Stigma Fighters : Tony Welch

Stigma Fighters : Tony Welch

The Stigma of Depression

“It’s all in your head”. Yes, unfortunately it is in my head. And my gastro-intestinal system. And muscles. And my checking account. And the hole that once resided a social life. Manic depression – specifically, and mental health issues in general – takes no prisoners and often solicits little understanding. We beat ourselves up. We are tougher on ourselves, punish ourselves more than anyone on the outside could possibly do. And, unfortunately, depression is usually accompanied by an additional partner or two in misery – anxiety, alcoholism, substance abuse, chronic pain. “Take a walk”. “Everyone has problems”. “Be a Man!”. “Toughen Up!” Etc. Some of the pearls of wisdom and encouragement those of us with depression hear. The well-intentioned, but still often cynical and critical, sentiments of “oh, you look like you’re feeling good today” (translation: you are obviously fine and, finally, over your little “illness” and can resume your normal life … and stop moping) do not usually help. The stigma of depression.

Is stigmatizing others, the perceived weakness or inferiority of others, natural? Is it a part of human nature, the human condition? Or is it learned or developed? Whether we want to admit it or not, we are all guilty of stigmatizing someone at some point – whether it was said or thought, we have all made comments or had thoughts, even in jest, about someone who is different from us (it could male/female, age-related, racial, sexual-orientation, mental or physical disabilities or a host of others). Anything about someone who cannot help the shape, form, or condition they exist in. With depression and other mental health issues, it boils down to do you believe someone? Depression cannot be measured like white blood cell levels or heart rate. Yes, everyone “feels down”. And yes, there are those out there who say that they suffer from depression – or any other condition – for their own reason (to scam Social Security or an insurance company, to get out of work or other obligations, to solicit attention or sympathy). Still, it is best to take people at their word until you know different, treat them respectfully and do not belittle them with your own cures and superiority – trust me, we already feel bad enough.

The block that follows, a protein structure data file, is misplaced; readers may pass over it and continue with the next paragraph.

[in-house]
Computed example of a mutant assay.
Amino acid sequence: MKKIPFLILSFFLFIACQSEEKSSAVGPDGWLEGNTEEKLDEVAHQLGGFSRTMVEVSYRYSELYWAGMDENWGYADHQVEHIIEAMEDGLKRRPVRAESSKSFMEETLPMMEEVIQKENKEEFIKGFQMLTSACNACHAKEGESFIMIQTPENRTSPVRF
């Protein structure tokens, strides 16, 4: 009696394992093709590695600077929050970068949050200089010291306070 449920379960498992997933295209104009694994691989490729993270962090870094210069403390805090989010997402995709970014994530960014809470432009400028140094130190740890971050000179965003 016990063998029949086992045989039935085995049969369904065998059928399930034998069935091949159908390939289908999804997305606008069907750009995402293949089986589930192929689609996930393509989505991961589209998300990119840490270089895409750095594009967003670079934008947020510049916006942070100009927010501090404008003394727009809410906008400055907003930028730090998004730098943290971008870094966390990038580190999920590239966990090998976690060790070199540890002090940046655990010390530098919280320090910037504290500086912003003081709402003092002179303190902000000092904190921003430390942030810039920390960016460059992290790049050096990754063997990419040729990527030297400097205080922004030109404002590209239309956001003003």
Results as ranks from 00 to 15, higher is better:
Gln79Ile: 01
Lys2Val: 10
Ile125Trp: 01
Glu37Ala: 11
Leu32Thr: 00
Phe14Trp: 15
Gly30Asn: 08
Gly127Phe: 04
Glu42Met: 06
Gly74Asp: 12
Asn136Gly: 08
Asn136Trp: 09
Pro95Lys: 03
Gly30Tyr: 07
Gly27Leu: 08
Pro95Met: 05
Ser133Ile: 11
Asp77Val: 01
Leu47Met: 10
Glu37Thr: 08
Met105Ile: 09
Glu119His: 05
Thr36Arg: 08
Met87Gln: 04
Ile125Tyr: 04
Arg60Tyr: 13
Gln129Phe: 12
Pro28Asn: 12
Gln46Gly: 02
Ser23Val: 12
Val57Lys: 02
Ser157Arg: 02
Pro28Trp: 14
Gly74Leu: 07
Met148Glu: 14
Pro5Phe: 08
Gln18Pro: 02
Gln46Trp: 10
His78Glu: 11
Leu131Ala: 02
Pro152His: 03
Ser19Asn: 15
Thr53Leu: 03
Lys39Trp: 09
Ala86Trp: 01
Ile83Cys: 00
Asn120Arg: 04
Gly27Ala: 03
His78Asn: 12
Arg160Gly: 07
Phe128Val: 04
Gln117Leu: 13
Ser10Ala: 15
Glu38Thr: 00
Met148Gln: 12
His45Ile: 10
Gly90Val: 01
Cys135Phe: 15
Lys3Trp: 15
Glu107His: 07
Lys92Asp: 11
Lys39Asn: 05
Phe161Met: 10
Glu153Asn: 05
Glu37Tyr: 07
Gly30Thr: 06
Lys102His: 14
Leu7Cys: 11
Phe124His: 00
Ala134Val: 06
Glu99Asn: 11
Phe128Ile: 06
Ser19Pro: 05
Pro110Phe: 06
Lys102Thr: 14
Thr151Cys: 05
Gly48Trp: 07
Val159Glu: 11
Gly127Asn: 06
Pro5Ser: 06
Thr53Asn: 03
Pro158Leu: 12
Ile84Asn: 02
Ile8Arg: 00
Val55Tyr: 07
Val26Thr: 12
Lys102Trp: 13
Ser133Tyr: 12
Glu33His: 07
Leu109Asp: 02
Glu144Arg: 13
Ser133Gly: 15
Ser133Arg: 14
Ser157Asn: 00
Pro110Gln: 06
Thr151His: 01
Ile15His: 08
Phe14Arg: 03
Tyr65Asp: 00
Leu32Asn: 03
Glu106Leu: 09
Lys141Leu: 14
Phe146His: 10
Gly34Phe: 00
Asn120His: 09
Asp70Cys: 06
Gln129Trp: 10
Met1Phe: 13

We beat ourselves up. I beat myself up, always dwelling on the past and the bad decisions or plain, old bad luck that have sabotaged this or that. It is extremely unhealthy but it is what we do. And we often turn to drugs and alcohol to cure the pain. Work can become impossible, especially when you are in a stressful situation and/or work for a very demanding and overly critical boss. Most have no idea the amount of guilt that manifests when we call in sick to work or miss an appointment because we are feeling so poorly. “Get up and tough it out”, you tell yourself over and over as you fitfully try to sleep it off. Most have no idea how badly we feel as we constantly make up excuses to not go out and socialize, to spend time with our friends and family (the people in our lives who make us feel best but even then, we want nothing more than to lay in bed and ignore the world). Finally, as I did, you come clean to those who you love and who love you (and even the world in general) and tell them, “Hey, I suffer from manic depression (or whatever it is you suffer from) and …”. Veins are opened, words pour out of your mouth or into the text or e-mail and the relief felt is wonderful. And most will understand, if not immediately, in time. And if not, it is time to do an assessment to check if they really deserve your time, love, and energy. It is our responsibility to eliminate as many negative forces in our lives.